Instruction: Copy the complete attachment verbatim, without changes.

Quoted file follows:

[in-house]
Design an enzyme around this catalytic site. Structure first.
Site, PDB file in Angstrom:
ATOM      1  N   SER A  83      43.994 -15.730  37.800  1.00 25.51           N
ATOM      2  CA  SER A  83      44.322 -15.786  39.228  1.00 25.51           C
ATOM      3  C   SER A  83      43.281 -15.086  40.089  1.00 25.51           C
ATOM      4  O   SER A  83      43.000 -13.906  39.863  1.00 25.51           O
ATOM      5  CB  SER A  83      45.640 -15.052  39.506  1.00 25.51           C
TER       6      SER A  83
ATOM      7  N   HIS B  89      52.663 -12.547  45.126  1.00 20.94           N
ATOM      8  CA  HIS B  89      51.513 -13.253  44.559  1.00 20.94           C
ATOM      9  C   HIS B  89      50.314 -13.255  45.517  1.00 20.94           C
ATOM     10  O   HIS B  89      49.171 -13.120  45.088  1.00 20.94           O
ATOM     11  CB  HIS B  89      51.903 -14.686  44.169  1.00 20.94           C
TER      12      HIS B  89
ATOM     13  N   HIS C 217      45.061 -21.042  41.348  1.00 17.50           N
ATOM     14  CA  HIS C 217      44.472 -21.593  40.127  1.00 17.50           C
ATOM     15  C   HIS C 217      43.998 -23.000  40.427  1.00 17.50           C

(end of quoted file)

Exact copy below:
[in-house]
Design an enzyme around this catalytic site. Structure first.
Site, PDB file in Angstrom:
ATOM      1  N   SER A  83      43.994 -15.730  37.800  1.00 25.51           N
ATOM      2  CA  SER A  83      44.322 -15.786  39.228  1.00 25.51           C
ATOM      3  C   SER A  83      43.281 -15.086  40.089  1.00 25.51           C
ATOM      4  O   SER A  83      43.000 -13.906  39.863  1.00 25.51           O
ATOM      5  CB  SER A  83      45.640 -15.052  39.506  1.00 25.51           C
TER       6      SER A  83
ATOM      7  N   HIS B  89      52.663 -12.547  45.126  1.00 20.94           N
ATOM      8  CA  HIS B  89      51.513 -13.253  44.559  1.00 20.94           C
ATOM      9  C   HIS B  89      50.314 -13.255  45.517  1.00 20.94           C
ATOM     10  O   HIS B  89      49.171 -13.120  45.088  1.00 20.94           O
ATOM     11  CB  HIS B  89      51.903 -14.686  44.169  1.00 20.94           C
TER      12      HIS B  89
ATOM     13  N   HIS C 217      45.061 -21.042  41.348  1.00 17.50           N
ATOM     14  CA  HIS C 217      44.472 -21.593  40.127  1.00 17.50           C
ATOM     15  C   HIS C 217      43.998 -23.000  40.427  1.00 17.50           C